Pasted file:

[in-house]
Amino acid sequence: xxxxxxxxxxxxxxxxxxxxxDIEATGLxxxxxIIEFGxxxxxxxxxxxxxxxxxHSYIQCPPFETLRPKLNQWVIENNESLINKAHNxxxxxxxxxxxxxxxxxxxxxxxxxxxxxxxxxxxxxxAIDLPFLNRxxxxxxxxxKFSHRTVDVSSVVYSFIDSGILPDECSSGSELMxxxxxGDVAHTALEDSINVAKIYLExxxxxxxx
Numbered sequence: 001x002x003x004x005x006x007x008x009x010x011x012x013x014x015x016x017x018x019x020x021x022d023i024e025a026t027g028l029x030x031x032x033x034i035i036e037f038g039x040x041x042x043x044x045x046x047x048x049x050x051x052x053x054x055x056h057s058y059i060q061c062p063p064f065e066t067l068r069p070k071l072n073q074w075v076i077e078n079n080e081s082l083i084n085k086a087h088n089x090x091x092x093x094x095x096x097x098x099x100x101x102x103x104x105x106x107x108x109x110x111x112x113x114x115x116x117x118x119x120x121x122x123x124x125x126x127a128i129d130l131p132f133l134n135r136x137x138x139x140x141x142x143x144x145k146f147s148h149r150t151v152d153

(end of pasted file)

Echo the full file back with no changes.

[in-house]
Amino acid sequence: xxxxxxxxxxxxxxxxxxxxxDIEATGLxxxxxIIEFGxxxxxxxxxxxxxxxxxHSYIQCPPFETLRPKLNQWVIENNESLINKAHNxxxxxxxxxxxxxxxxxxxxxxxxxxxxxxxxxxxxxxAIDLPFLNRxxxxxxxxxKFSHRTVDVSSVVYSFIDSGILPDECSSGSELMxxxxxGDVAHTALEDSINVAKIYLExxxxxxxx
Numbered sequence: 001x002x003x004x005x006x007x008x009x010x011x012x013x014x015x016x017x018x019x020x021x022d023i024e025a026t027g028l029x030x031x032x033x034i035i036e037f038g039x040x041x042x043x044x045x046x047x048x049x050x051x052x053x054x055x056h057s058y059i060q061c062p063p064f065e066t067l068r069p070k071l072n073q074w075v076i077e078n079n080e081s082l083i084n085k086a087h088n089x090x091x092x093x094x095x096x097x098x099x100x101x102x103x104x105x106x107x108x109x110x111x112x113x114x115x116x117x118x119x120x121x122x123x124x125x126x127a128i129d130l131p132f133l134n135r136x137x138x139x140x141x142x143x144x145k146f147s148h149r150t151v152d153